Florence Li Tim-Oi
|Florence Li Tim-Oi|
|Born||5 May 1907
|Died||26 February 1992
|Venerated in||Episcopal Church USA, Anglican Church of Canada|
|Feast||24 January (Episcopal Church USA); 26 February (Anglican Church of Canada)|
Florence Li Tim-Oi (Chinese: 李添嬡 Cantonese Lei Tim'oi, Mandarin Li Tian'ai; 5 May 1907 in Hong Kong – 26 February 1992 in Toronto) was the first woman to be ordained to the priesthood in the Anglican Communion. Already appointed as a deacon to serve in the colony of Macau at the Macau Protestant Chapel, she was ordained priest on 25 January 1944, by Ronald Hall, Bishop of Victoria, in response to the crisis among Anglican Christians in China caused by the Japanese invasion. Since it was to be thirty years before any Anglican church regularised the ordination of women, her ordination was controversial and she resigned her licence (though not her priestly orders) after the end of the war. When Hong Kong ordained two further women priests (Joyce Bennett and Jane Hwang) in 1971, she was officially recognised as a priest in the diocese. She was appointed an honorary (nonstipendiary) assistant priest in Toronto in 1983, where she spent the remainder of her life.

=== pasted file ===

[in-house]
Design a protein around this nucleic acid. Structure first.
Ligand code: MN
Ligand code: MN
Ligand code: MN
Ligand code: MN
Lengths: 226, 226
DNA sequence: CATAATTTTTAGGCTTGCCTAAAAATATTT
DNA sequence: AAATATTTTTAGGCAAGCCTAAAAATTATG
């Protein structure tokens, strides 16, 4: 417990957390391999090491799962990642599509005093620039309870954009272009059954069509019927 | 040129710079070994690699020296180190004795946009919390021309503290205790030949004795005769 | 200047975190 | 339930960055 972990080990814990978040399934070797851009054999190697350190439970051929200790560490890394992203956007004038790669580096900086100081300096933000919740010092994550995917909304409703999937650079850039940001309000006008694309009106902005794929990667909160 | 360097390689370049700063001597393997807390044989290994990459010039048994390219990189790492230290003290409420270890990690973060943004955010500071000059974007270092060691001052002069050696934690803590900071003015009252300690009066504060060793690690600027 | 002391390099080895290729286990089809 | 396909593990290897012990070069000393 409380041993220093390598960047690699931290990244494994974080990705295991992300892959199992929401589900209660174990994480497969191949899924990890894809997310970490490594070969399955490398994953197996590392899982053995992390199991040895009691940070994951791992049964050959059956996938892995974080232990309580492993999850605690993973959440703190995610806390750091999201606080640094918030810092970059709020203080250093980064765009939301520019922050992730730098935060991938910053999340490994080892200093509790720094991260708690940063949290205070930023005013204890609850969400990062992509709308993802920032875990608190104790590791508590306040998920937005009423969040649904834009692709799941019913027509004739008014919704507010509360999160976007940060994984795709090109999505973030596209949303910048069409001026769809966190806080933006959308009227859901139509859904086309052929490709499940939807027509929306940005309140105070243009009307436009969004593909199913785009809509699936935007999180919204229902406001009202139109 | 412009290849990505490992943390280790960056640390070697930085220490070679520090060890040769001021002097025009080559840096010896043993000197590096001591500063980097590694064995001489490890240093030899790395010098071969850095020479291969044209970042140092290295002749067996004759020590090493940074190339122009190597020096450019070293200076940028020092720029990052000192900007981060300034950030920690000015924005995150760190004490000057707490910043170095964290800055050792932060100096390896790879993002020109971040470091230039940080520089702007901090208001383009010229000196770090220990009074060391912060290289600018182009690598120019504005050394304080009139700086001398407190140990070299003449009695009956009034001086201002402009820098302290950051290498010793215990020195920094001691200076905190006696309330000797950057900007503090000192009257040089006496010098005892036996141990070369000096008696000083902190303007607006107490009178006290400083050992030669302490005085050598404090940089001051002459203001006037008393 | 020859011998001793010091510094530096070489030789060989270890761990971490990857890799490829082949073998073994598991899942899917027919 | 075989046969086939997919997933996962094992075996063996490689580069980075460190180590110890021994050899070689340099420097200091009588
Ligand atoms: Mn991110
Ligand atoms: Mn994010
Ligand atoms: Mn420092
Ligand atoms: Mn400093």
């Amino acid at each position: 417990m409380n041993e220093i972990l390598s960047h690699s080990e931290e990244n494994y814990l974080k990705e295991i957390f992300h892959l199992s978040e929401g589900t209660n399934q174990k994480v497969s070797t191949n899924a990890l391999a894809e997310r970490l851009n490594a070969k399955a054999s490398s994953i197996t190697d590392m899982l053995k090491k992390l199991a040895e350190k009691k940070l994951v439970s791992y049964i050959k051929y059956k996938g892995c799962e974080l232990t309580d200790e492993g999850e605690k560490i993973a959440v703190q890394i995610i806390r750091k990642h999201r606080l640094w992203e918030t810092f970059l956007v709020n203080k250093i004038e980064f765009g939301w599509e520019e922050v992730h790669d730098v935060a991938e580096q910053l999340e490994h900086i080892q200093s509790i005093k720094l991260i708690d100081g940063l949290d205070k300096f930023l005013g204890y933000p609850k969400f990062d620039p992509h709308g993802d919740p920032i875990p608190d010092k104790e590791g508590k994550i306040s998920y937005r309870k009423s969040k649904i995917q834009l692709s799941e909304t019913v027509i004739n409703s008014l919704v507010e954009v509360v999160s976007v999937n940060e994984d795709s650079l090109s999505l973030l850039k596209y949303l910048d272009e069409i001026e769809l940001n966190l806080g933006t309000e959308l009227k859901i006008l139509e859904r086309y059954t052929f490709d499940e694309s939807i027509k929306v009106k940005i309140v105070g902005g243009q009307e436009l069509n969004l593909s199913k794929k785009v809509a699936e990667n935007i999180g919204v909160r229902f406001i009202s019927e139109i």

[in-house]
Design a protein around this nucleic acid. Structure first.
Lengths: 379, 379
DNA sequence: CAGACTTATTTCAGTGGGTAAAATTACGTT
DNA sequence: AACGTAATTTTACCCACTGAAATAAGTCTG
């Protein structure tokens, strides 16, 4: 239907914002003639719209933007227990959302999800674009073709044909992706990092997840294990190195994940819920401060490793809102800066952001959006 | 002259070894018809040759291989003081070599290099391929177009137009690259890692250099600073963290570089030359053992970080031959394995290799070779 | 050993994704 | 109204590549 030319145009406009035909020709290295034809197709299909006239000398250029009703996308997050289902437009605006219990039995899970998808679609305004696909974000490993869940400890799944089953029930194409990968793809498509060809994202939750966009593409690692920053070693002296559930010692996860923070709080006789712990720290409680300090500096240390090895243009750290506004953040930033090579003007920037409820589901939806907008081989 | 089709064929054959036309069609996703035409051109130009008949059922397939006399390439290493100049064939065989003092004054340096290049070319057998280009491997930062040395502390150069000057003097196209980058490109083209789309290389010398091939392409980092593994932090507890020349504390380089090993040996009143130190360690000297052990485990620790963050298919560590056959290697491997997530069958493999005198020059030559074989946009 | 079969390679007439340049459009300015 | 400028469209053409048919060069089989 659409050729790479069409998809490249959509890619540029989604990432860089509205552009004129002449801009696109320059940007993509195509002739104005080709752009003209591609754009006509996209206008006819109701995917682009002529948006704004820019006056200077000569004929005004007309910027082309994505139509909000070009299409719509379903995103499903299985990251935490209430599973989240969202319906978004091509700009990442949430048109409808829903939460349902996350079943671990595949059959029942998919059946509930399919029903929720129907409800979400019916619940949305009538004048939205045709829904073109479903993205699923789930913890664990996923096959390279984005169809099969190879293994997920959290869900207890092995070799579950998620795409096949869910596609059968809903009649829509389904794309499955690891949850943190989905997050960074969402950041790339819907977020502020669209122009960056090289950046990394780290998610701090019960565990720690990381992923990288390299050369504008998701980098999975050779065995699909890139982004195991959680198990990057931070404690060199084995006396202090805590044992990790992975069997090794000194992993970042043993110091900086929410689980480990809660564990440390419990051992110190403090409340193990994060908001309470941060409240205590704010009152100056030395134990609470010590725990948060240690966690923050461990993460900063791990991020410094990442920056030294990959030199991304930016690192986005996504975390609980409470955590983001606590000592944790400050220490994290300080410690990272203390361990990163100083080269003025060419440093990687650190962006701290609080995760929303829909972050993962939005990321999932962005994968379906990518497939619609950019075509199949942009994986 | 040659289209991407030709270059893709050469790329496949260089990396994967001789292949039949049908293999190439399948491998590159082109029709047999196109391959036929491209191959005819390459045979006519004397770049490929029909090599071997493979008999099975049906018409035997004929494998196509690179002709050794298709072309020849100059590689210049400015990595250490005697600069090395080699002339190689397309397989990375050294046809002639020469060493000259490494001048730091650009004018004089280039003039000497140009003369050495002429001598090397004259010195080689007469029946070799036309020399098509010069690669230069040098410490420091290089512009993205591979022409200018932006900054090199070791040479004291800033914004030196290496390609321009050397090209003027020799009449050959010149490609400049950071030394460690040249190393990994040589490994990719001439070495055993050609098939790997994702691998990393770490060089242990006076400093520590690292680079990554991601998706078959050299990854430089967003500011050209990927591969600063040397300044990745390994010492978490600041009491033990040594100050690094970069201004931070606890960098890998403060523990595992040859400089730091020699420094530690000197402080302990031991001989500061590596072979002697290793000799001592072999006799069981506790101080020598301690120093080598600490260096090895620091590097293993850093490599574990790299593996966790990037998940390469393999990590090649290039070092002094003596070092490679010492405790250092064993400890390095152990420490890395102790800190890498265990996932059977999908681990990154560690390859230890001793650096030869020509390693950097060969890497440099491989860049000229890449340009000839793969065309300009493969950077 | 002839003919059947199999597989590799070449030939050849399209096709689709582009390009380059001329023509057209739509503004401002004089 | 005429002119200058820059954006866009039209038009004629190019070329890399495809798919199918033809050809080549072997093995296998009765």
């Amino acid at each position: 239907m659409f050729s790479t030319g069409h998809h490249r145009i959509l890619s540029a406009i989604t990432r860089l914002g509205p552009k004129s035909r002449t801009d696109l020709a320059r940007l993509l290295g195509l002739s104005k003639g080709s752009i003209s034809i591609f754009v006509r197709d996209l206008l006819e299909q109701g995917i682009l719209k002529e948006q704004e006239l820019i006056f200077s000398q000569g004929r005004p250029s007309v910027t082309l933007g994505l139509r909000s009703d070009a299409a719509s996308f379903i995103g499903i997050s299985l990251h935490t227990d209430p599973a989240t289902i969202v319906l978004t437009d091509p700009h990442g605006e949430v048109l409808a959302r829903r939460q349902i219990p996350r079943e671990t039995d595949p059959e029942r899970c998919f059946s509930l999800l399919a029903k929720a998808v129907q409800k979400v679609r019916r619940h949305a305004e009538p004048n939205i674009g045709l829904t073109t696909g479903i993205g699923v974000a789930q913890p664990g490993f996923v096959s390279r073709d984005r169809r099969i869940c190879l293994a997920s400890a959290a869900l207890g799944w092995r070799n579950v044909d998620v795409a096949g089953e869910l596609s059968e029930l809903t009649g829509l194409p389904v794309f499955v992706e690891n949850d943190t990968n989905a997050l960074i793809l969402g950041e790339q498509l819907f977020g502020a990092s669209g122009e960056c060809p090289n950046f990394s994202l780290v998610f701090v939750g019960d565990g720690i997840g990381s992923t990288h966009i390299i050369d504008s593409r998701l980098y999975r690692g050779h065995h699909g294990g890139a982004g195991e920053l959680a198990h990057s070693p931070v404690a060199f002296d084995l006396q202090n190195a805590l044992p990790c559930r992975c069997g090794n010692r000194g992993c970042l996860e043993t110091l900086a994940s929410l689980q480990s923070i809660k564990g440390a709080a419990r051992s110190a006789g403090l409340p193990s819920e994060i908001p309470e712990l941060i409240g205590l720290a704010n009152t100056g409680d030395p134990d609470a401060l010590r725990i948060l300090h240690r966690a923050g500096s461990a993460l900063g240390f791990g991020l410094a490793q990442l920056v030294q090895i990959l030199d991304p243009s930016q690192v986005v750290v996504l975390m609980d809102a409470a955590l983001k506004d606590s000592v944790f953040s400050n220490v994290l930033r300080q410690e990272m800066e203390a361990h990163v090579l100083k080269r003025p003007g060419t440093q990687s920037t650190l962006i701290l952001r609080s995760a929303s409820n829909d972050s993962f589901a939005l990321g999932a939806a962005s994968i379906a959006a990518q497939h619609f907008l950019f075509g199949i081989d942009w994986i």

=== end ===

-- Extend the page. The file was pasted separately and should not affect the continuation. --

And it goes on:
In 2003, the Episcopal Church fixed 24 January as her feast day in Lesser Feasts and Fasts, based on the eve of the anniversary of her ordination. In 2007, the Anglican Communion celebrated the Centennial of her birth.
- "When Hong Kong ordained two further women priests in 1971 (Joyce Bennett and Jane Hwang), Florence Li Tim-Oi was officially recognised as a priest by the diocese." http://anorderlyaccount.com/index.php/static2/the_ac_tec_and_acna
- Mary Frances Schjonberg, "Communion to celebrate first woman priest Li Tim-Oi on anniversary of birth," Episcopal News Service, May 4, 2007, found at Episcopal Church official website. Text of Resolution A059 to Approve Liturgical Calendar Commemorations. Retrieved January 13, 2009.
- It Takes One Woman The Li Tim-Oi Foundation
- Mary Frances Schjonberg, "Toward Columbus: Women's ordination marks 30-year milestone: Debate changed face of church," found at Episcopal Church official website
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